End of key stage 1 national curriculum assessments: Teacher assessment judgements are currently made using interim teacher assessment frameworks and reported in mathematics, English reading (informed by internally-marked national curriculum tests), science and English writing. These teacher assessments are externally moderated by local authorities, who sample 25% of schools each year. These assessments form the baseline for measuring progress made between key stage 1 and key stage 2. The proportions of pupils achieving the expected standard in English reading, English writing, mathematics and science are published at national and local authority level, but not at school level. There is currently an optional test in English grammar, punctuation and spelling at the end of key stage 1.
End of key stage 2 national curriculum assessments: Pupils sit externally-marked tests in mathematics, English reading, and English grammar, punctuation and spelling. Teacher assessment judgements are made in English reading, English writing, mathematics and science. The proportions of pupils achieving the expected standard in all of reading and mathematics (based on test data) and writing (based on teacher assessment judgements) are published at national, local authority and school level and are used to calculate the progress that pupils make between key stage 1 and key stage 2. Progress and attainment measures form part of both the floor standard and a new definition of coasting schools, which is used as the starting point for a conversation about whether a school might require additional support. National curriculum test data in English grammar, punctuation and spelling, and teacher assessment judgements in English reading, mathematics and science are published at national and local authority level.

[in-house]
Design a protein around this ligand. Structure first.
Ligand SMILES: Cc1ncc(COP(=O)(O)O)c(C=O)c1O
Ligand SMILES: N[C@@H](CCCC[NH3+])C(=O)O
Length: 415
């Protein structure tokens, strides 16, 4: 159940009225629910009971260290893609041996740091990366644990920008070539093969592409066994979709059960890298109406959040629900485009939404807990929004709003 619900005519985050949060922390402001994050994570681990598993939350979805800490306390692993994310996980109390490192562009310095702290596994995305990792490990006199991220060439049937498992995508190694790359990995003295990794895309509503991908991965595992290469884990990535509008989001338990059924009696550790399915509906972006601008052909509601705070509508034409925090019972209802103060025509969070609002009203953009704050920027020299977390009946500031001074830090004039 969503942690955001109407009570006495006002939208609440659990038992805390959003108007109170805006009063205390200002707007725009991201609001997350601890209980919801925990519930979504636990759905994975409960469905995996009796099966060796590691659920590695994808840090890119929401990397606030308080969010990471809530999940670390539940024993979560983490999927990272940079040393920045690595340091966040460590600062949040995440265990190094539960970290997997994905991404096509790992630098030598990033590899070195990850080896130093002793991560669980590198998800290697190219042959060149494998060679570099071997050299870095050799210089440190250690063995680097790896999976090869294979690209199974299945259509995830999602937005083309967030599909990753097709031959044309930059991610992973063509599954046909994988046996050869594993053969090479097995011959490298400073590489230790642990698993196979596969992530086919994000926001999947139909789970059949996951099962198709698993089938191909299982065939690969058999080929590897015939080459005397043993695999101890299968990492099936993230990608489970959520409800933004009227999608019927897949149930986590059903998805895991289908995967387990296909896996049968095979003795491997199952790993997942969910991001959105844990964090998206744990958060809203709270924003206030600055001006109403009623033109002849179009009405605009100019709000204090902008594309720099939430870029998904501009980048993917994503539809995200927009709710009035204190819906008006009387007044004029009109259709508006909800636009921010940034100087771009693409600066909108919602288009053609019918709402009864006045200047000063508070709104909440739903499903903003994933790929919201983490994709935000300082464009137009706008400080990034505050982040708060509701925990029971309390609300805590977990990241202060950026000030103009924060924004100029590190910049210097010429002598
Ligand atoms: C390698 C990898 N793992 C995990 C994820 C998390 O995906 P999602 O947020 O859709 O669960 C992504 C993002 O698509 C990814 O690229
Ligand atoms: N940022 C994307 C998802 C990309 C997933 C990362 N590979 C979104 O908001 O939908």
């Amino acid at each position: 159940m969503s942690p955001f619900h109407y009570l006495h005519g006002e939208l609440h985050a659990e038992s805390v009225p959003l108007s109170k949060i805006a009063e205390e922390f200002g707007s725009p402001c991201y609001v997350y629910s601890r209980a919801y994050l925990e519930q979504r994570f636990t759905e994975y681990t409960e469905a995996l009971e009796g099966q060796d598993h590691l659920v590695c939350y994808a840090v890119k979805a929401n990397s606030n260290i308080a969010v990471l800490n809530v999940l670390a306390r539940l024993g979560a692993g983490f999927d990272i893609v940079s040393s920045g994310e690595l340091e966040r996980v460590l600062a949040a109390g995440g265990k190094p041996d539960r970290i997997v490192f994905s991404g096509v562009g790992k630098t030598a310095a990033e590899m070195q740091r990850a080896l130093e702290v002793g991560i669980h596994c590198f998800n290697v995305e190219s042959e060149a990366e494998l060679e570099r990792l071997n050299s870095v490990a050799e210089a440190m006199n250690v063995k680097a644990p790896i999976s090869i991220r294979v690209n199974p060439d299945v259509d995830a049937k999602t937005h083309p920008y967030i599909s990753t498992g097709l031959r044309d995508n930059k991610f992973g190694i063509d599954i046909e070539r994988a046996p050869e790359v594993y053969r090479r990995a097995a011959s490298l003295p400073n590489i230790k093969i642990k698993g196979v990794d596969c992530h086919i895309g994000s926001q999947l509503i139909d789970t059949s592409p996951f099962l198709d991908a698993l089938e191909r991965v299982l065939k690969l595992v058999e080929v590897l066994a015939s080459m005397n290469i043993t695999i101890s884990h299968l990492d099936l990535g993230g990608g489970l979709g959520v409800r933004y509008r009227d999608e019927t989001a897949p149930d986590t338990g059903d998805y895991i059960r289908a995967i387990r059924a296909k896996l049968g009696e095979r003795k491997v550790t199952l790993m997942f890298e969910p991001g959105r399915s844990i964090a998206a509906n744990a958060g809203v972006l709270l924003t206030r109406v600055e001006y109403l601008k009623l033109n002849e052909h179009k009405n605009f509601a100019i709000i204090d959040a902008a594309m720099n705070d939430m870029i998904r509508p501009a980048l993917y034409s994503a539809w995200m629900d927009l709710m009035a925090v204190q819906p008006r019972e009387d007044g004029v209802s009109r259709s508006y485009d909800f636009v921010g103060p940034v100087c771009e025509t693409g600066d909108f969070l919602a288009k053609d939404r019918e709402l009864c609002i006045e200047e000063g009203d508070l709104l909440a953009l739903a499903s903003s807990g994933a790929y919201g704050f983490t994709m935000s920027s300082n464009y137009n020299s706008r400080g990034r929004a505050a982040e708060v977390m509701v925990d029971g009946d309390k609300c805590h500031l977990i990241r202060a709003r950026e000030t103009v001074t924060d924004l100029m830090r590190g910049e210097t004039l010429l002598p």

Science sampling tests are conducted biennially, with the most recent tests in June 2016. The next tests will be administered in June 2018. A sample of approximately 9,500 pupils is randomly selected to sit science tests, based on 5 pupils from 1,900 schools. Results are reported as national data only and individual results are not returned to schools or pupils. This assessment provides an understanding of national performance in science.
For children working below the overall standard of the national curriculum across both key stages, there is a system of statutory teacher assessment. Data from this is published at a national level and these pupils’ results are included in school attainment and progress measures.